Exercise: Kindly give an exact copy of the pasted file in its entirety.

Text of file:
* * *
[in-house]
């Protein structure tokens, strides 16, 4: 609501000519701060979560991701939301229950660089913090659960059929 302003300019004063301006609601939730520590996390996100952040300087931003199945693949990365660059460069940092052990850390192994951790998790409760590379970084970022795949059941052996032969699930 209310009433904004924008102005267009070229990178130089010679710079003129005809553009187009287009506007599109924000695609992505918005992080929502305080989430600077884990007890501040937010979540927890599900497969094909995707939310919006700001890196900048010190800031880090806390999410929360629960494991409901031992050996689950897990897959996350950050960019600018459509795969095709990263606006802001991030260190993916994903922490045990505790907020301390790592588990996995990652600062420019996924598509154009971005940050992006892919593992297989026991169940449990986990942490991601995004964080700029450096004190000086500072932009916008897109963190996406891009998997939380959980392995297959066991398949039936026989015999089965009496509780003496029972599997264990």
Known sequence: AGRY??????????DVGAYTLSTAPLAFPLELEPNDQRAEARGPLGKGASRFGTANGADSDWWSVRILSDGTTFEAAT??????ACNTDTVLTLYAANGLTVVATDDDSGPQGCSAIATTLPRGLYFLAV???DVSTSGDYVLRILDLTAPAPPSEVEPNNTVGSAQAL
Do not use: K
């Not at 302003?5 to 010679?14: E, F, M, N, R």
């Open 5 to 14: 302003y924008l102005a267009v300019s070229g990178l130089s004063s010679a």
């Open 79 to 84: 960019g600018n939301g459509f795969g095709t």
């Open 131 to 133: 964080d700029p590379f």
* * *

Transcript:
[in-house]
């Protein structure tokens, strides 16, 4: 609501000519701060979560991701939301229950660089913090659960059929 302003300019004063301006609601939730520590996390996100952040300087931003199945693949990365660059460069940092052990850390192994951790998790409760590379970084970022795949059941052996032969699930 209310009433904004924008102005267009070229990178130089010679710079003129005809553009187009287009506007599109924000695609992505918005992080929502305080989430600077884990007890501040937010979540927890599900497969094909995707939310919006700001890196900048010190800031880090806390999410929360629960494991409901031992050996689950897990897959996350950050960019600018459509795969095709990263606006802001991030260190993916994903922490045990505790907020301390790592588990996995990652600062420019996924598509154009971005940050992006892919593992297989026991169940449990986990942490991601995004964080700029450096004190000086500072932009916008897109963190996406891009998997939380959980392995297959066991398949039936026989015999089965009496509780003496029972599997264990």
Known sequence: AGRY??????????DVGAYTLSTAPLAFPLELEPNDQRAEARGPLGKGASRFGTANGADSDWWSVRILSDGTTFEAAT??????ACNTDTVLTLYAANGLTVVATDDDSGPQGCSAIATTLPRGLYFLAV???DVSTSGDYVLRILDLTAPAPPSEVEPNNTVGSAQAL
Do not use: K
């Not at 302003?5 to 010679?14: E, F, M, N, R």
């Open 5 to 14: 302003y924008l102005a267009v300019s070229g990178l130089s004063s010679a």
């Open 79 to 84: 960019g600018n939301g459509f795969g095709t």
């Open 131 to 133: 964080d700029p590379f």